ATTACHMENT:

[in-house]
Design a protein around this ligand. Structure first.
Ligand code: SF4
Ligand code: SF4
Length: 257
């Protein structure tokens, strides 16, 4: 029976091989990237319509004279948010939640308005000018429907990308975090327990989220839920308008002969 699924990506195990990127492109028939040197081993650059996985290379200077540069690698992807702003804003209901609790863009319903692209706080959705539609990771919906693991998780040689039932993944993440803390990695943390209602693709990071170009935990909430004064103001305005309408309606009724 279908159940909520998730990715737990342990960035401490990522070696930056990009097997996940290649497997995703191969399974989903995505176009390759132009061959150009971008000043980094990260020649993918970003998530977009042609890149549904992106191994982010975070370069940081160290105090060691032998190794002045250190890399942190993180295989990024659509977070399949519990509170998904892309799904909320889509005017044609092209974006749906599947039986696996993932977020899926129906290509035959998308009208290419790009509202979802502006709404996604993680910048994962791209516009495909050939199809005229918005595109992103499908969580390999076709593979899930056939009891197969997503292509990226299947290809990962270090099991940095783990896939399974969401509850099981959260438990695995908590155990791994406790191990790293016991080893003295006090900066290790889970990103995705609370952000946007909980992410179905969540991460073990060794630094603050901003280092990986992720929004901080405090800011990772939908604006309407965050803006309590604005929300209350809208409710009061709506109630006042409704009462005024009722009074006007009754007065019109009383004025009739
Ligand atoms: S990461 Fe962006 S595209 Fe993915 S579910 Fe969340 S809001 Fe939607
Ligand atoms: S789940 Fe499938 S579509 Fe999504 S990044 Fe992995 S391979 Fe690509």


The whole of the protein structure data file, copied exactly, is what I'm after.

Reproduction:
[in-house]
Design a protein around this ligand. Structure first.
Ligand code: SF4
Ligand code: SF4
Length: 257
């Protein structure tokens, strides 16, 4: 029976091989990237319509004279948010939640308005000018429907990308975090327990989220839920308008002969 699924990506195990990127492109028939040197081993650059996985290379200077540069690698992807702003804003209901609790863009319903692209706080959705539609990771919906693991998780040689039932993944993440803390990695943390209602693709990071170009935990909430004064103001305005309408309606009724 279908159940909520998730990715737990342990960035401490990522070696930056990009097997996940290649497997995703191969399974989903995505176009390759132009061959150009971008000043980094990260020649993918970003998530977009042609890149549904992106191994982010975070370069940081160290105090060691032998190794002045250190890399942190993180295989990024659509977070399949519990509170998904892309799904909320889509005017044609092209974006749906599947039986696996993932977020899926129906290509035959998308009208290419790009509202979802502006709404996604993680910048994962791209516009495909050939199809005229918005595109992103499908969580390999076709593979899930056939009891197969997503292509990226299947290809990962270090099991940095783990896939399974969401509850099981959260438990695995908590155990791994406790191990790293016991080893003295006090900066290790889970990103995705609370952000946007909980992410179905969540991460073990060794630094603050901003280092990986992720929004901080405090800011990772939908604006309407965050803006309590604005929300209350809208409710009061709506109630006042409704009462005024009722009074006007009754007065019109009383004025009739
Ligand atoms: S990461 Fe962006 S595209 Fe993915 S579910 Fe969340 S809001 Fe939607
Ligand atoms: S789940 Fe499938 S579509 Fe999504 S990044 Fe992995 S391979 Fe690509």